For the U.S., the mission statement is the Preamble to the Constitution: “WE THE PEOPLE OF THE UNITED STATES, in Order to form a more perfect Union, establish Justice, insure domestic Tranquility, provide for the common defense, promote the general Welfare, and secure the Blessings of Liberty to ourselves and our Posterity, do ordain and establish this Constitution for the United States of America.”
For the UN, the mission statement is the Preamble to the Charter: “WE THE PEOPLES OF THE UNITED NATIONS DETERMINED to save succeeding generations from the scourge of war which twice in our lifetime has brought untold sorrow to mankind, and to reaffirm faith in fundamental human rights, in the dignity and worth of the human person, in the equal rights of men and women and of nations large and small, and to establish conditions under which justice and respect for the obligations arising from treaties and other sources of international law can be maintained, and to promote social progress and better standards of life in larger freedom,
AND FOR THESE ENDS to practice tolerance and live together in peace with one another as good neighbours, and to unite our strength to maintain international peace and security, and to ensure, by the acceptance of principles and the institution of methods, that armed force shall not be used, save in the common interest, and to employ international machinery for the promotion of the economic and social advancement of all peoples,
So, is the U.S. fulfilling its mission statement? How about the United Nations and its member nations? We have a long way to go if we want an “effective” world.
Habit 3: “Put first things first”. Covey talks about what is important versus what is urgent.
The priority should be the following order:
- Quadrant I. Urgent and important (Do)
- Quadrant II. Not urgent but important (Plan)
- Quadrant III. Urgent but not important (Delegate)
- Quadrant IV. Not urgent and not important (Eliminate)
The order is important. What are the urgent and important issues facing the world? Global climate change? The refugee and migration challenges? Starvation? Nuclear and other weapons of mass destruction? Global pandemics? Sanctions imposed by the powerful upon others? Exorbitant amounts spent on militarism and preparation for war? Extremists?
How would the peoples of the world decide? How about the UN General Assembly, without the threat of veto from the Security Council?
Interdependence. The next three habits address interdependence–working with others. Imagine a world where all people recognize their interdependence. How would we manage pandemics, global climate change, famine, natural disasters, hostilities, and violence? Think with an “abundance mentality.” Can we work together so that humanity can survive?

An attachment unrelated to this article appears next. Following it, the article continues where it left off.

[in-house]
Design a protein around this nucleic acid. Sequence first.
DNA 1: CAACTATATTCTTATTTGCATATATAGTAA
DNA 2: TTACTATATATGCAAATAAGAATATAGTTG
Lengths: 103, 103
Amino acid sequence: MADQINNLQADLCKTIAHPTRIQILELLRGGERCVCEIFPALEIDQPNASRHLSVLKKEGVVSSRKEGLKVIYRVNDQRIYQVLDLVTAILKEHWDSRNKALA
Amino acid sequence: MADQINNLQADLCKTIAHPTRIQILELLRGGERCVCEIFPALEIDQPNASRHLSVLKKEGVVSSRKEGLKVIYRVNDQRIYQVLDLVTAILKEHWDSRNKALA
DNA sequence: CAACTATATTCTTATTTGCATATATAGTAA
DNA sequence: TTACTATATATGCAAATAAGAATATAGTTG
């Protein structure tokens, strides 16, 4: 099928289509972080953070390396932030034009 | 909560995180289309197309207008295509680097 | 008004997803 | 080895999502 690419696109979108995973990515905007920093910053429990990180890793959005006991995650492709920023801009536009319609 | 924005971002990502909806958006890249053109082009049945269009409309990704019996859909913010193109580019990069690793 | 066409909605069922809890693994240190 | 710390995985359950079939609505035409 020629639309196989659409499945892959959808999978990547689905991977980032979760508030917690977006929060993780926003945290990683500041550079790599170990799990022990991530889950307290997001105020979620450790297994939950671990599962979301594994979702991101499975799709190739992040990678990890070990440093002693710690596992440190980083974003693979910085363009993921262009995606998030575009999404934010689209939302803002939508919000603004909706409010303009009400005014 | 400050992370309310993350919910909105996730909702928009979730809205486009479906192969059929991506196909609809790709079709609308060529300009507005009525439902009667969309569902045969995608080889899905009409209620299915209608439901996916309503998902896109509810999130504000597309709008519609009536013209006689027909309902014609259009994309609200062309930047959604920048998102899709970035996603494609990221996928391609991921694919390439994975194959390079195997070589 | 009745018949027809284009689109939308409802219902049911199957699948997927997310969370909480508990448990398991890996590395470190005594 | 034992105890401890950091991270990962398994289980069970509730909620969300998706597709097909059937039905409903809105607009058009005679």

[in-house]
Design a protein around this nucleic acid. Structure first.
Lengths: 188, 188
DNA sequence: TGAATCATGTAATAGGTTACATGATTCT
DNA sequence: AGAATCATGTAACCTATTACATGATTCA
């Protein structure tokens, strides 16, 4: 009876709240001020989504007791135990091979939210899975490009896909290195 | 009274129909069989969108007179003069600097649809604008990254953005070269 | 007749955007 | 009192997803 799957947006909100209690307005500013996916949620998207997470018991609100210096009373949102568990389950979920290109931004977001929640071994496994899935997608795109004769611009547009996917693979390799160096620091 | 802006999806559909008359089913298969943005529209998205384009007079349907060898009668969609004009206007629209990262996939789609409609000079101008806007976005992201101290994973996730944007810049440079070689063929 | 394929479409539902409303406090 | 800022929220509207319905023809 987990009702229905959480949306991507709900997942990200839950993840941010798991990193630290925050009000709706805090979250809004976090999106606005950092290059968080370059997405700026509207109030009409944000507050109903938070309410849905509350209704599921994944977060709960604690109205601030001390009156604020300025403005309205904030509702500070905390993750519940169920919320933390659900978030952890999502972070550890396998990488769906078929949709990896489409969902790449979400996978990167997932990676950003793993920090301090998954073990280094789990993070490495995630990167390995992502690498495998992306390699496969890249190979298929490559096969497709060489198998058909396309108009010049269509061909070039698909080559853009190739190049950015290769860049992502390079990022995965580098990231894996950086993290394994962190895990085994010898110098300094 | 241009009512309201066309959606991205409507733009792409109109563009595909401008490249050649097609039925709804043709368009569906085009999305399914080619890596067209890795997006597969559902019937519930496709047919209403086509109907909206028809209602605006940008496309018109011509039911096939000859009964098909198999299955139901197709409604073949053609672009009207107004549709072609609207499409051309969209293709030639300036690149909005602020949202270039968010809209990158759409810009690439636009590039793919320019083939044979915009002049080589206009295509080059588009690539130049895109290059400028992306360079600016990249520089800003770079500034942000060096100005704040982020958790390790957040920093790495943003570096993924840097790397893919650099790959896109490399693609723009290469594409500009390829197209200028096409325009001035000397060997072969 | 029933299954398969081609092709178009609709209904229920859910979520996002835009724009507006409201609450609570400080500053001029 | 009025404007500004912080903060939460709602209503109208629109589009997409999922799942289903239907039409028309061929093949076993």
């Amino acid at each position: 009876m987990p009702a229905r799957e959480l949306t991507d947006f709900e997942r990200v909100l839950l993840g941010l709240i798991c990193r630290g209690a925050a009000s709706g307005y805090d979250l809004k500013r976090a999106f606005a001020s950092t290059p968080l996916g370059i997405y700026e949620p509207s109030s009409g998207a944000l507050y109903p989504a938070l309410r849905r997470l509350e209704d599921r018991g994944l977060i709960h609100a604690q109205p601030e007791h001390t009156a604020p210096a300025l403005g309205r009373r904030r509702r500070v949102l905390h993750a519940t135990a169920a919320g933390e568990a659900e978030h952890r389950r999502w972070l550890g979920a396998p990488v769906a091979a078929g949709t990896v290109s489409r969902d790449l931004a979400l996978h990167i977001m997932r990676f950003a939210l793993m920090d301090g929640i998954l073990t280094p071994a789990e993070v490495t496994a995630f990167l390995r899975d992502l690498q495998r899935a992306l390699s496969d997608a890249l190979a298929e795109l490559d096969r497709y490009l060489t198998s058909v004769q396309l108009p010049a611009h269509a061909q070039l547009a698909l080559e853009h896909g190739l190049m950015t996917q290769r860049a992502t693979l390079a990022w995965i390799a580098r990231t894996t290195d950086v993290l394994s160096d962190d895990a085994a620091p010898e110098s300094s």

Habit 4: “Think win–win”. Seek mutually beneficial, win–win solutions or agreements. Valuing and respecting others by seeking a “win” for all is better than if one wins and the other loses.
Think about our world today. Do we seek win-win, or do we think we must win at any cost? Is there a way for both sides to win?
Habit 5: “Seek first to understand, then to be understood”, Use empathetic listening to genuinely understand the other position. That empathetic listening applies to all sides. All peoples and nations should seek to understand what their adversaries want. Imagine if seeking first to understand could become a habit. Understanding does not mean agreement.
Disagreements and conflicts will always occur. However, war and mass slaughter will be less likely when people genuinely understand one other.
Habit 6: “Synergize”. Synergy means that the whole is greater than the sum of its parts. Imagine what societies and nations could accomplish when they seek win-win relationships, seek to understand each other, and work together for goals that they cannot do alone!
Habit 7: “Sharpen the saw”. Just like individuals need to take care of their tools, so nations need to evaluate and hone the skills and tools needed to be effective. The tools of war and violence have not brought peace. Other tools are available and ready for us to use.
“World peace through nonviolent means is neither absurd nor unattainable. All other methods have failed. Thus, we must begin anew. Nonviolence is a good starting point.” Dr. Martin Luther King, Jr.
When will we adopt a new way of thinking? We need to replace our habits of environmental destruction, war, militarism, and violence with new habits. Dr. King also told us that humankind must put an end to war, or war will put an end to humankind.